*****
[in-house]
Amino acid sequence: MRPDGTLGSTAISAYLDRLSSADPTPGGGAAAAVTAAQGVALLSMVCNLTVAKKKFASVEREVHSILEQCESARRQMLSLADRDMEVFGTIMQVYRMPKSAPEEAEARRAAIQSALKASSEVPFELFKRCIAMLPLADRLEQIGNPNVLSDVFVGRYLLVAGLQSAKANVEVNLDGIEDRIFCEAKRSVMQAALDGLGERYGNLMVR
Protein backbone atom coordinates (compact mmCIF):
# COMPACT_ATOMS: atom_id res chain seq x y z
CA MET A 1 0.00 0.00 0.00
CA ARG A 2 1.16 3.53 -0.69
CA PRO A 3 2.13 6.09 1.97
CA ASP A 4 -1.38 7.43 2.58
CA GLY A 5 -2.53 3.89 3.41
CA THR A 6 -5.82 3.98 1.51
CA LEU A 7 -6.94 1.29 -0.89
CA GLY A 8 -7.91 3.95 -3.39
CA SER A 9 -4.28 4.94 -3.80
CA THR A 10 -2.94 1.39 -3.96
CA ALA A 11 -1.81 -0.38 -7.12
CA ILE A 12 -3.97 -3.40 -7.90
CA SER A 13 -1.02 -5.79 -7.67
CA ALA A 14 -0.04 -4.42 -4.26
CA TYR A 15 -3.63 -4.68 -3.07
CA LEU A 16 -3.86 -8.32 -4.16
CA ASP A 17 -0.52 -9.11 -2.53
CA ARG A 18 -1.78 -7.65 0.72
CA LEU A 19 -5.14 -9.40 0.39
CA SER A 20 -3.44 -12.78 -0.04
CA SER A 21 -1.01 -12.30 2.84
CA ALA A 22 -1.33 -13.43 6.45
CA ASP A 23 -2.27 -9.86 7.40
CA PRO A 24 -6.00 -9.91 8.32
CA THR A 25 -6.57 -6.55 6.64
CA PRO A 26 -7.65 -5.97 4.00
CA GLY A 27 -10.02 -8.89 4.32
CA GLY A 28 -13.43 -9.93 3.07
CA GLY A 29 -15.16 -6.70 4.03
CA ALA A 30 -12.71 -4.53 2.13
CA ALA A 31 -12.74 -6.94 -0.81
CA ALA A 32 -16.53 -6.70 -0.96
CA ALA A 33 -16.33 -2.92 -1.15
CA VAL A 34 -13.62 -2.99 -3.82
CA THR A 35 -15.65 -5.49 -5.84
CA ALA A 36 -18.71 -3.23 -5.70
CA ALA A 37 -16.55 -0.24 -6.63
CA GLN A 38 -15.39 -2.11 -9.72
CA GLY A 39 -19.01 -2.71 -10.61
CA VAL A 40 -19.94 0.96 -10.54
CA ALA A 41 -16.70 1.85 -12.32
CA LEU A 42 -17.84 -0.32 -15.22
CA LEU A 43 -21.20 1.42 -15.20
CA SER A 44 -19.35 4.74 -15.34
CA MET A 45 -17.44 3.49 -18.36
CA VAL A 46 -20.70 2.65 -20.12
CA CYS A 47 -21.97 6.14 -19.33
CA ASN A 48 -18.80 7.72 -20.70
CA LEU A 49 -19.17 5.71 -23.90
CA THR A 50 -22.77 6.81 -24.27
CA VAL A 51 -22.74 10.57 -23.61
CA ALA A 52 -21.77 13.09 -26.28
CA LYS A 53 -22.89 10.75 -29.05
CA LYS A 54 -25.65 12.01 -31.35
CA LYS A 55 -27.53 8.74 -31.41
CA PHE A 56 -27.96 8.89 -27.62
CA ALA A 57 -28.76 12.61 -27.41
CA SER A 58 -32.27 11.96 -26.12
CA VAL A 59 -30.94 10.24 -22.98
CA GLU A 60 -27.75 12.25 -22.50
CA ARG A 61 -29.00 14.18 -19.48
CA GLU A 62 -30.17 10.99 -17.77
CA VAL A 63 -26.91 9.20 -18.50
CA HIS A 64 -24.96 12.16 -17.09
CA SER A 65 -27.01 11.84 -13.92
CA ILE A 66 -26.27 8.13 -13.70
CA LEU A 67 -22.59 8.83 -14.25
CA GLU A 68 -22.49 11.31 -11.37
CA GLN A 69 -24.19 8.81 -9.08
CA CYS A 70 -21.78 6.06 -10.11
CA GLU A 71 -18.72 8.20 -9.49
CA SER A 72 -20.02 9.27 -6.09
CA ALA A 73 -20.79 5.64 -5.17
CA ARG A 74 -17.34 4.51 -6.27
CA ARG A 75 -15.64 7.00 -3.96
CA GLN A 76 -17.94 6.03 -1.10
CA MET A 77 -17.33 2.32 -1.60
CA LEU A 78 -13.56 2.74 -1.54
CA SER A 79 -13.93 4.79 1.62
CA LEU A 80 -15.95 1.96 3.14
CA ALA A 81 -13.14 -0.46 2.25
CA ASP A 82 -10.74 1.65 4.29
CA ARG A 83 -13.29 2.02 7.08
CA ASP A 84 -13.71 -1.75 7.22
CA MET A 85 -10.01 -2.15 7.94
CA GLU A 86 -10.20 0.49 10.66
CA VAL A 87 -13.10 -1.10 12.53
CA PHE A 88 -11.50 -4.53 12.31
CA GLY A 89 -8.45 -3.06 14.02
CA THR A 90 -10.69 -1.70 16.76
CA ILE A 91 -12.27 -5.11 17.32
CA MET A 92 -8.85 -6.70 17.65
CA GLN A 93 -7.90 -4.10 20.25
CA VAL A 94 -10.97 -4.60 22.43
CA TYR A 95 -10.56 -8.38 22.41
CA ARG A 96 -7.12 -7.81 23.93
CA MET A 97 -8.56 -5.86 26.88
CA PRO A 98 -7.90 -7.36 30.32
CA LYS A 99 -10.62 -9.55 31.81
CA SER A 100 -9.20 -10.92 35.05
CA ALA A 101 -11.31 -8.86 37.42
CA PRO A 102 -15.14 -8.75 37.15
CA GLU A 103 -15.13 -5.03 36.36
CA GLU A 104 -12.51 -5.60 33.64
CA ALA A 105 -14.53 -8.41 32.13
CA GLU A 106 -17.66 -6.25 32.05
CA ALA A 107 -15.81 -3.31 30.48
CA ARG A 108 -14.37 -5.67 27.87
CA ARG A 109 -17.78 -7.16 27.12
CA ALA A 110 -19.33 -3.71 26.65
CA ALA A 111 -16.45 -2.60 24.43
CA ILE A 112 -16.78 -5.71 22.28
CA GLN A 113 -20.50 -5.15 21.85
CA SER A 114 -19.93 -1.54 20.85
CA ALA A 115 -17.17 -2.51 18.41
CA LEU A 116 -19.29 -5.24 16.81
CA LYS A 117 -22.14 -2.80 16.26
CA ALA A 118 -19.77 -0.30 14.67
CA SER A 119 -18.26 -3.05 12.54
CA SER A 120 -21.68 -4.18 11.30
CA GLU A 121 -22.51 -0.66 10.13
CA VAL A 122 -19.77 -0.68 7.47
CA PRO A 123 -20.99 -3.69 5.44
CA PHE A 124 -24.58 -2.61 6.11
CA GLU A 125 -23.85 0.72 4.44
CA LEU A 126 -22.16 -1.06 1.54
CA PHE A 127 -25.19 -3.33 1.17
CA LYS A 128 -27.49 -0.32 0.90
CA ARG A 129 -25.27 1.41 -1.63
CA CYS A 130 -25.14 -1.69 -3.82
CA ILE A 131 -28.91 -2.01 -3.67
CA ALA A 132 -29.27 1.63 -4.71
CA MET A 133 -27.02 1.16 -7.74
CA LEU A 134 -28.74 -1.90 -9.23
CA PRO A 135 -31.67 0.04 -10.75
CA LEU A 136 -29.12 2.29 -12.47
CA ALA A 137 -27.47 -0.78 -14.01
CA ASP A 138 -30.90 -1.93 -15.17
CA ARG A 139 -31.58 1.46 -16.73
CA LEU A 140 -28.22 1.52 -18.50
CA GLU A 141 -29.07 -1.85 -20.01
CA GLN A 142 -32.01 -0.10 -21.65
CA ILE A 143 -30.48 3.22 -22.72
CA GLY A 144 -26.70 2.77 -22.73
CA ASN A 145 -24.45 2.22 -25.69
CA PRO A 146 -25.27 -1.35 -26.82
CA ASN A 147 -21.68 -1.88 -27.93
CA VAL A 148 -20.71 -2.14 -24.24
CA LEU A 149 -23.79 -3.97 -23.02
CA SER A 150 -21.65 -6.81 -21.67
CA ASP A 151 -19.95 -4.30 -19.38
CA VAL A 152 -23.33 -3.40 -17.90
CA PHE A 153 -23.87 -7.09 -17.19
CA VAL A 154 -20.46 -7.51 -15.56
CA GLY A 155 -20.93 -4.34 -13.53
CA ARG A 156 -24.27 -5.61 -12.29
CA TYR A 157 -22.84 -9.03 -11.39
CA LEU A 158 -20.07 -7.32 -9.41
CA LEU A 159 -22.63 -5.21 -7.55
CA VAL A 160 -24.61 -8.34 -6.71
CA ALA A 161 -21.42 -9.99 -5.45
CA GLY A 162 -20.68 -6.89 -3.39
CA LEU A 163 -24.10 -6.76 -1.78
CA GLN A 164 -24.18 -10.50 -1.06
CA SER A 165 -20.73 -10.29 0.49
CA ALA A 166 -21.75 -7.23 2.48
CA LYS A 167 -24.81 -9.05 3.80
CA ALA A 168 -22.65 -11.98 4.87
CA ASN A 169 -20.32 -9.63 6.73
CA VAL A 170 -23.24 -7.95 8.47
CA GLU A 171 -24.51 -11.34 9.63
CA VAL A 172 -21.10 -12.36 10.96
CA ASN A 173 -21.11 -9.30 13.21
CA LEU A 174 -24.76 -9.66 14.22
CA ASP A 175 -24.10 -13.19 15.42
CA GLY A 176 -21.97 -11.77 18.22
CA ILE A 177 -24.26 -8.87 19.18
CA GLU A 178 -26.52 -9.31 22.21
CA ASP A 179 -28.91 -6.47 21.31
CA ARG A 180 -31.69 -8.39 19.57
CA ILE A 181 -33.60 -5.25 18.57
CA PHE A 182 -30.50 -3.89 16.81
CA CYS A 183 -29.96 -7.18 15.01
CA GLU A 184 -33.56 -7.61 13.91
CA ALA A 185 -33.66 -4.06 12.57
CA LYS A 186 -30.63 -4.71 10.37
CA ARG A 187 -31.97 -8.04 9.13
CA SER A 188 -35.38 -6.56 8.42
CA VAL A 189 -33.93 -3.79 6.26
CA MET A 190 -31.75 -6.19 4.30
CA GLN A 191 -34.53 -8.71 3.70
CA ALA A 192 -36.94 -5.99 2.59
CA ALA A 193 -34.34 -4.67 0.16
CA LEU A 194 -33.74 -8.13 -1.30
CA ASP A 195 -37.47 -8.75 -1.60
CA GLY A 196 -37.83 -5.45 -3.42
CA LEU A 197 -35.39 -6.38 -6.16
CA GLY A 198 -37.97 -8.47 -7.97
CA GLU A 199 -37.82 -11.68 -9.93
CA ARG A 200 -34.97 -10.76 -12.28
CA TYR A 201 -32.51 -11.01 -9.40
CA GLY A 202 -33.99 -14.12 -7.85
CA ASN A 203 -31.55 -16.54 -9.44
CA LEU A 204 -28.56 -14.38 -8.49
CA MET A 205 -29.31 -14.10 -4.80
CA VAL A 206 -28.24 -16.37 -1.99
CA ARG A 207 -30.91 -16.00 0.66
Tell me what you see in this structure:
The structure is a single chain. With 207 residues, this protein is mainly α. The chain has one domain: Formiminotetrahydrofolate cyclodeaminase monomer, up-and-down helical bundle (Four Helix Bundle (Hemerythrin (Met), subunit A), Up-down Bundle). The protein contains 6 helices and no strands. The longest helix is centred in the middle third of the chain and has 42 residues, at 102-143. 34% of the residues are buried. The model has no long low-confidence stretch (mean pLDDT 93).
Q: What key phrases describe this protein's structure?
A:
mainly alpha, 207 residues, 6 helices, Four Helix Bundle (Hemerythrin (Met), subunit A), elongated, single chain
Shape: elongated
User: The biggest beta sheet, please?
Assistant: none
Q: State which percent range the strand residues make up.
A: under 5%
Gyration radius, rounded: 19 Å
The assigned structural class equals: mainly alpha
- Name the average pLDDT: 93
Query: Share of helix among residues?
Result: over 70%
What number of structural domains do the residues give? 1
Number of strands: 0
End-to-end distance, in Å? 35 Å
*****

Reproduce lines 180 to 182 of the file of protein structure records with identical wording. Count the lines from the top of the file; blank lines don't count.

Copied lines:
CA GLY A 176 -21.97 -11.77 18.22
CA ILE A 177 -24.26 -8.87 19.18
CA GLU A 178 -26.52 -9.31 22.21